Gang of Four - Biography



By Scott Feemster

Gang Of Four were one of a handful of bands that emerged in England in the late 70's in the wake of the punk movement. They took the basic aggression and stripped-down DIY spirit of punk and fused it with influences of American funk, Jamaican dub-reggae and 20th century minimalist composition, creating a new movement referred to as post-punk. This alone would have made them highly influential, but Gang of Four also fused their new hybrid of music with strident lyrics criticizing Western society, politics and consumer culture.

           

            Gang Of Four were formed in the English industrial city of Leeds by Leeds University students Andy Gill and Jon King in 1977. The two took a university-backed trip to New York and checked out the scene at the legendary Bowery punk venue CBGB's, catching sets by Television and The Ramones. Suitably inspired, the pair came back to Leeds and enlisted the aid of drummer Hugo Burnham and bassist Dave Allen. There is some controversy as to whether the name of the band refers to the obvious Maoist Gang Of Four in revolutionary China or if it refers to the so-called “big four” Structuralist theorists: Roland Barthes, Michel Foucault, Claude Levi-Strauss and Jacques Lacan. The band has stayed mute on the subject, though identification with either group would be enough to elicit a fair amount of curiosity, if not controversy-- appropriate for a band bent on dragging the skeleton of 70's funk into the skin of nervous, noisy rock.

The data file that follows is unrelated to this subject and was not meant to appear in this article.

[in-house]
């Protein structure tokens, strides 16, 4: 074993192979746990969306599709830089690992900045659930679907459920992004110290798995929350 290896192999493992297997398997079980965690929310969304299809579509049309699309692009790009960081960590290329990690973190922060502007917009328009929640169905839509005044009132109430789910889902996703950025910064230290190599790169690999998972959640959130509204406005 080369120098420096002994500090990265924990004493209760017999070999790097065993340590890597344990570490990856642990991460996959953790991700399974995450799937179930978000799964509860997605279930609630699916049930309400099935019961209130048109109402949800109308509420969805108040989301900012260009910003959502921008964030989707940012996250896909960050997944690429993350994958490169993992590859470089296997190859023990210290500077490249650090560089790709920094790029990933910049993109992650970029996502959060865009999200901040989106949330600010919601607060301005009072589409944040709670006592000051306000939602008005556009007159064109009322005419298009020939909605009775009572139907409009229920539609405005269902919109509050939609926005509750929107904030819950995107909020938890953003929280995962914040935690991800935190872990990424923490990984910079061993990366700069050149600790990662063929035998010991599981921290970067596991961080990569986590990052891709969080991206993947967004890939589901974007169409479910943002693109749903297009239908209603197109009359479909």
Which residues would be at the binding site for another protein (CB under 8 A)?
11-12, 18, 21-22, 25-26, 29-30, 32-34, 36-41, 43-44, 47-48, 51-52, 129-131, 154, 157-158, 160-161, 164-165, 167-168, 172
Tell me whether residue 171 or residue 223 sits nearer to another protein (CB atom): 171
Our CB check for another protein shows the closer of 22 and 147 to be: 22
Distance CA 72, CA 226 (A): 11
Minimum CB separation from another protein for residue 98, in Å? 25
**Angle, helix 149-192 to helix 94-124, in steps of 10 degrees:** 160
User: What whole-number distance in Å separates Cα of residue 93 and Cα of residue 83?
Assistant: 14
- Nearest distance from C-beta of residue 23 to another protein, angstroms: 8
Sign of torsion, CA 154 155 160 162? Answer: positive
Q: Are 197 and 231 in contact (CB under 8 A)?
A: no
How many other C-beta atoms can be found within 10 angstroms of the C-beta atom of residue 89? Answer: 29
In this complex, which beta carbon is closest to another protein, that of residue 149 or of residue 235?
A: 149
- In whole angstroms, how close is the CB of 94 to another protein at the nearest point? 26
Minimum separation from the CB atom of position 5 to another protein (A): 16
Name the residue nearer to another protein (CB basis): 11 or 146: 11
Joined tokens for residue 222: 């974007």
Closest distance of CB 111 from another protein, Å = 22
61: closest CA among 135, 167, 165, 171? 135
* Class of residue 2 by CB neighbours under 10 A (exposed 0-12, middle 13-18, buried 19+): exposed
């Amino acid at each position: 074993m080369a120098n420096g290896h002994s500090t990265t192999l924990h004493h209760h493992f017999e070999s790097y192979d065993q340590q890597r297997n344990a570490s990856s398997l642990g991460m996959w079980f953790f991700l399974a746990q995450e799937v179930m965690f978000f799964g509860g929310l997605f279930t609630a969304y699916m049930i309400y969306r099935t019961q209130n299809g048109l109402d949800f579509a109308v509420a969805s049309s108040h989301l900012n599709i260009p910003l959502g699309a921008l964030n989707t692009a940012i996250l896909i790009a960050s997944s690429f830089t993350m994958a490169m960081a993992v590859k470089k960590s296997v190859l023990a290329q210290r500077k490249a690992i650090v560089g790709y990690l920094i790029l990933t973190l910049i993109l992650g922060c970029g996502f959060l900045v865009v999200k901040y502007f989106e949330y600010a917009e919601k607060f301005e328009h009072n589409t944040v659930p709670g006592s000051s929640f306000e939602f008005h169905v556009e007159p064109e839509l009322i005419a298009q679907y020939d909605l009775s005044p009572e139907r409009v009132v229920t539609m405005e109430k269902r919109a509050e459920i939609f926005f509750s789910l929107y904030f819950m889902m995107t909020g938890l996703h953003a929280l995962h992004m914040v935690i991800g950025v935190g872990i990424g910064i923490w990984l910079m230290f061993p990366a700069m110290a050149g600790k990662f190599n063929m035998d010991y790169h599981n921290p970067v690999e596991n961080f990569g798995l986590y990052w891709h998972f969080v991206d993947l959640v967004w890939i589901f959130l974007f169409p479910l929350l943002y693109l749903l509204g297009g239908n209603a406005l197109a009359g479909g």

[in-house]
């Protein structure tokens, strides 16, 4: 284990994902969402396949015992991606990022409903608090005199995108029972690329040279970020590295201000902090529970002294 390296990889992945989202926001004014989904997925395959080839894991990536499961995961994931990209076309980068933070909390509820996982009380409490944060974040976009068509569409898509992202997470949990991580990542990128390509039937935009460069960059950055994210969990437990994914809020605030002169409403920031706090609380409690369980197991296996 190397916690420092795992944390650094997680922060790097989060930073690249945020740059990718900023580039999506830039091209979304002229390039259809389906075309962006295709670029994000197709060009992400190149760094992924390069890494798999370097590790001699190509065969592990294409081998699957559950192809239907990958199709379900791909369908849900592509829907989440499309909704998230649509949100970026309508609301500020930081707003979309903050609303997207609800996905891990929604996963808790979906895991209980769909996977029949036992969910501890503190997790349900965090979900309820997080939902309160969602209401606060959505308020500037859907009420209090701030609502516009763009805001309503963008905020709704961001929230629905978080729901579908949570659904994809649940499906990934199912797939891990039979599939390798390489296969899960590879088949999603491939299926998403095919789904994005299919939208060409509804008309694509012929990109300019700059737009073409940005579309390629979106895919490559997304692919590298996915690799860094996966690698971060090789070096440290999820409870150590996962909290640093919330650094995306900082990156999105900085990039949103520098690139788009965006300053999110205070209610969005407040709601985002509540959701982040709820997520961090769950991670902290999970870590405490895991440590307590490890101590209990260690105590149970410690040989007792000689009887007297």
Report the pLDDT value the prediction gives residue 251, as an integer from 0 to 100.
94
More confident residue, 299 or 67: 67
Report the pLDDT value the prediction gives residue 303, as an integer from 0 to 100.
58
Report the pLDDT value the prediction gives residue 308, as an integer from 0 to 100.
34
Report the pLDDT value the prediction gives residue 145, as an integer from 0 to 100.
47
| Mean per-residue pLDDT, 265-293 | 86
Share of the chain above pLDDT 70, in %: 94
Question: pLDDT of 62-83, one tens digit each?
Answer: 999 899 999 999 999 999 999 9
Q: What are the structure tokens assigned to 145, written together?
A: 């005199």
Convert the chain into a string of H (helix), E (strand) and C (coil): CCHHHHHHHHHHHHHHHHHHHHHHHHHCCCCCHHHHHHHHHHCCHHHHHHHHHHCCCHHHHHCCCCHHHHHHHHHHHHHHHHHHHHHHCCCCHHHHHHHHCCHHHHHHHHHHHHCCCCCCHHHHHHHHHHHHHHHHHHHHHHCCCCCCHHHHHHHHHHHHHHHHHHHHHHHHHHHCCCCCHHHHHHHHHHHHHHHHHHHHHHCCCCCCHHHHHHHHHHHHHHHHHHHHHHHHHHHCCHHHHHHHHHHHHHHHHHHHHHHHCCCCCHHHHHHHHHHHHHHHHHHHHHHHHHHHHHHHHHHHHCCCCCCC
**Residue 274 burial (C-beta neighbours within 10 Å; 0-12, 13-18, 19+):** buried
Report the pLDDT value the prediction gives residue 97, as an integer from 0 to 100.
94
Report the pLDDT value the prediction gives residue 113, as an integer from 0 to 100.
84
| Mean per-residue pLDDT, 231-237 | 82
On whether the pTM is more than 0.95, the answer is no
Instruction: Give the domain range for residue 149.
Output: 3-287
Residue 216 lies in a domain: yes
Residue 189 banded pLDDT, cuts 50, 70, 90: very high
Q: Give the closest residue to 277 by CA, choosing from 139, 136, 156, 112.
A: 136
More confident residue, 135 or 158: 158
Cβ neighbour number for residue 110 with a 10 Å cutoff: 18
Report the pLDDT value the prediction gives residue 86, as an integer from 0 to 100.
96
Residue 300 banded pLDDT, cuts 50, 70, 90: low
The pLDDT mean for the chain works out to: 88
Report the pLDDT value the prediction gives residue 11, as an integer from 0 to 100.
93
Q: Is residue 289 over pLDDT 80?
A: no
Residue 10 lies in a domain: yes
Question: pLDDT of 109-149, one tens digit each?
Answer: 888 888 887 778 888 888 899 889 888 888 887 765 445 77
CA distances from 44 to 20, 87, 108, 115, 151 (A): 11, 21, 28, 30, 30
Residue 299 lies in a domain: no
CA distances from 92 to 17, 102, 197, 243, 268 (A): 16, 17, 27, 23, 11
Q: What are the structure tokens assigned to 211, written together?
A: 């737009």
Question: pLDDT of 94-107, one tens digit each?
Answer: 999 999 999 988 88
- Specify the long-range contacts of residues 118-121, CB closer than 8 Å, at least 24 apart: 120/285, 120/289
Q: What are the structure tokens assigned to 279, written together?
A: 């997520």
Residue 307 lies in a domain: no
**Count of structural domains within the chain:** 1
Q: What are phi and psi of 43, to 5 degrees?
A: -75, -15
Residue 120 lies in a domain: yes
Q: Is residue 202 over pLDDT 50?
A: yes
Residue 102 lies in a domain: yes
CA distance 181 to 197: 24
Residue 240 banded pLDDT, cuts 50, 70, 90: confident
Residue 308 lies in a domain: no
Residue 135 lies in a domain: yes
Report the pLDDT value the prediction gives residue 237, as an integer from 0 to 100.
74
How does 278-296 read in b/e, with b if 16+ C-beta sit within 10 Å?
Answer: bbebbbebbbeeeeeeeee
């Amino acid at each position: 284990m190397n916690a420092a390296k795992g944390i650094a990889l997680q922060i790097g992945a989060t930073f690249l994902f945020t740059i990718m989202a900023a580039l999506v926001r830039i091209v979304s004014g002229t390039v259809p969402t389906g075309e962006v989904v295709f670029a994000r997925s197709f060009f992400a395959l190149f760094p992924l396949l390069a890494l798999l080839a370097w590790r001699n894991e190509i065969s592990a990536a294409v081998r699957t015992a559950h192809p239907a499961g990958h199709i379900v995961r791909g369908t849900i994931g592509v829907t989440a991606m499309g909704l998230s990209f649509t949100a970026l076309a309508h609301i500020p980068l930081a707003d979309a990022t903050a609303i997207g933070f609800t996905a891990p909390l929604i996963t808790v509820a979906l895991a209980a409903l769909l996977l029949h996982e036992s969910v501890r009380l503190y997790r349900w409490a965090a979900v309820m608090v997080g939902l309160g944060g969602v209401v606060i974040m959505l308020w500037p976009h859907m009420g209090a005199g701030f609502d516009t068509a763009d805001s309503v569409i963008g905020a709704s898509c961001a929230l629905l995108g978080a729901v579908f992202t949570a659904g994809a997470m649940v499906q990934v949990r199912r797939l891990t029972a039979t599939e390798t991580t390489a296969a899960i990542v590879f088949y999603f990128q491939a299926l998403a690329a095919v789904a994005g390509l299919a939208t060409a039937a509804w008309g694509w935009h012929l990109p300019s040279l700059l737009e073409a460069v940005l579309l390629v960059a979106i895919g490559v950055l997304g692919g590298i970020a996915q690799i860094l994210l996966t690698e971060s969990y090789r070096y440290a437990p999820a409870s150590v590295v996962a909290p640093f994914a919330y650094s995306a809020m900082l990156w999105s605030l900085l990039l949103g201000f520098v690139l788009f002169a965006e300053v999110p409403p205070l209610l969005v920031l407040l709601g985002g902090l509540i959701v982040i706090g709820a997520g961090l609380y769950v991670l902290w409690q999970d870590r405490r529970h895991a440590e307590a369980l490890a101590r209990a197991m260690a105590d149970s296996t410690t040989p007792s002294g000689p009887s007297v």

Gang Of Four's influence on rock in the late 1970's cannot be overstated. Along with other post-punk bands (Public Image Ltd, The Pop Group, The Slits, etc.), Gang Of Four were taking dance music that was popular with working-class, mostly ethnic minority groups and fusing it with the pure anger and frustration of noisy guitar rock, mostly produced by working-class white youth. Andy Gill's jarring, aggressive, staccato guitar style was neither “lead” nor “rhythm,” but combinations of sharp, jagged noise clusters with longer sections of distorted triplets and just plain feedback. This and the nearly-spastic vocal delivery of Jon King danced and squirmed along the top of the solid snap of Allen and Burnham's rhythms.